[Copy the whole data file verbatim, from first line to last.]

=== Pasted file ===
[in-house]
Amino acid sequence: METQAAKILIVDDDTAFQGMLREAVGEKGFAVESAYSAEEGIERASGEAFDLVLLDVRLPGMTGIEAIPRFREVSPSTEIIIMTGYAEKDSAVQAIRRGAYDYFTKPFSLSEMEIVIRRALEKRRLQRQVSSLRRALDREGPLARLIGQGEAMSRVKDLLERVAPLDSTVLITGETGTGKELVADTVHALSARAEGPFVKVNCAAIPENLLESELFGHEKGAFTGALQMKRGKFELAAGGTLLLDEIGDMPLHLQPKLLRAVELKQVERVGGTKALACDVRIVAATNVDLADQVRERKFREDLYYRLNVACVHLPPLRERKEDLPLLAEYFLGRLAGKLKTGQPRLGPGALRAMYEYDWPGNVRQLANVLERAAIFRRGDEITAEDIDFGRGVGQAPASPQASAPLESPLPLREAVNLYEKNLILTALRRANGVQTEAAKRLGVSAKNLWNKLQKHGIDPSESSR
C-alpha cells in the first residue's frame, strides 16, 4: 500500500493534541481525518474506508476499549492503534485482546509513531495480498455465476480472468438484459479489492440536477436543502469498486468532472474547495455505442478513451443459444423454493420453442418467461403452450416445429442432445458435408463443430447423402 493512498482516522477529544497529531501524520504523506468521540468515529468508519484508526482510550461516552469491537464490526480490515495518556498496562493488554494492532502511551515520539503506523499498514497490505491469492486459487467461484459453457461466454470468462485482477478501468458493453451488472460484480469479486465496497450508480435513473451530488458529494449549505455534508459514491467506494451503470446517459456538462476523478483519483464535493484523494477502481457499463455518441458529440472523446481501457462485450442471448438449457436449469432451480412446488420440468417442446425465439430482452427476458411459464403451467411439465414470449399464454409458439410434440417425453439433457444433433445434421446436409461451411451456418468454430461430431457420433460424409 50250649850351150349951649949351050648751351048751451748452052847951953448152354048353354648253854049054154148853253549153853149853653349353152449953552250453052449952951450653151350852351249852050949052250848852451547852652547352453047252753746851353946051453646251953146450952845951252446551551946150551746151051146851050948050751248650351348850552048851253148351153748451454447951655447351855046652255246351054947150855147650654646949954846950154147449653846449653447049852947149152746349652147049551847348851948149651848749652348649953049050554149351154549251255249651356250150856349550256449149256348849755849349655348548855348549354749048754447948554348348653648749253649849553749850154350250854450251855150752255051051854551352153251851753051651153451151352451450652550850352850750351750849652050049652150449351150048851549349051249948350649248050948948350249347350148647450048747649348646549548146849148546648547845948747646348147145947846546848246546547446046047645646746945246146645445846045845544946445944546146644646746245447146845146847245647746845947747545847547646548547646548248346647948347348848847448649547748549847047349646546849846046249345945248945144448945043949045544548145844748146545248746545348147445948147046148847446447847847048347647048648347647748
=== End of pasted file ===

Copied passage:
[in-house]
Amino acid sequence: METQAAKILIVDDDTAFQGMLREAVGEKGFAVESAYSAEEGIERASGEAFDLVLLDVRLPGMTGIEAIPRFREVSPSTEIIIMTGYAEKDSAVQAIRRGAYDYFTKPFSLSEMEIVIRRALEKRRLQRQVSSLRRALDREGPLARLIGQGEAMSRVKDLLERVAPLDSTVLITGETGTGKELVADTVHALSARAEGPFVKVNCAAIPENLLESELFGHEKGAFTGALQMKRGKFELAAGGTLLLDEIGDMPLHLQPKLLRAVELKQVERVGGTKALACDVRIVAATNVDLADQVRERKFREDLYYRLNVACVHLPPLRERKEDLPLLAEYFLGRLAGKLKTGQPRLGPGALRAMYEYDWPGNVRQLANVLERAAIFRRGDEITAEDIDFGRGVGQAPASPQASAPLESPLPLREAVNLYEKNLILTALRRANGVQTEAAKRLGVSAKNLWNKLQKHGIDPSESSR
C-alpha cells in the first residue's frame, strides 16, 4: 500500500493534541481525518474506508476499549492503534485482546509513531495480498455465476480472468438484459479489492440536477436543502469498486468532472474547495455505442478513451443459444423454493420453442418467461403452450416445429442432445458435408463443430447423402 493512498482516522477529544497529531501524520504523506468521540468515529468508519484508526482510550461516552469491537464490526480490515495518556498496562493488554494492532502511551515520539503506523499498514497490505491469492486459487467461484459453457461466454470468462485482477478501468458493453451488472460484480469479486465496497450508480435513473451530488458529494449549505455534508459514491467506494451503470446517459456538462476523478483519483464535493484523494477502481457499463455518441458529440472523446481501457462485450442471448438449457436449469432451480412446488420440468417442446425465439430482452427476458411459464403451467411439465414470449399464454409458439410434440417425453439433457444433433445434421446436409461451411451456418468454430461430431457420433460424409 50250649850351150349951649949351050648751351048751451748452052847951953448152354048353354648253854049054154148853253549153853149853653349353152449953552250453052449952951450653151350852351249852050949052250848852451547852652547352453047252753746851353946051453646251953146450952845951252446551551946150551746151051146851050948050751248650351348850552048851253148351153748451454447951655447351855046652255246351054947150855147650654646949954846950154147449653846449653447049852947149152746349652147049551847348851948149651848749652348649953049050554149351154549251255249651356250150856349550256449149256348849755849349655348548855348549354749048754447948554348348653648749253649849553749850154350250854450251855150752255051051854551352153251851753051651153451151352451450652550850352850750351750849652050049652150449351150048851549349051249948350649248050948948350249347350148647450048747649348646549548146849148546648547845948747646348147145947846546848246546547446046047645646746945246146645445846045845544946445944546146644646746245447146845146847245647746845947747545847547646548547646548248346647948347348848847448649547748549847047349646546849846046249345945248945144448945043949045544548145844748146545248746545348147445948147046148847446447847847048347647048648347647748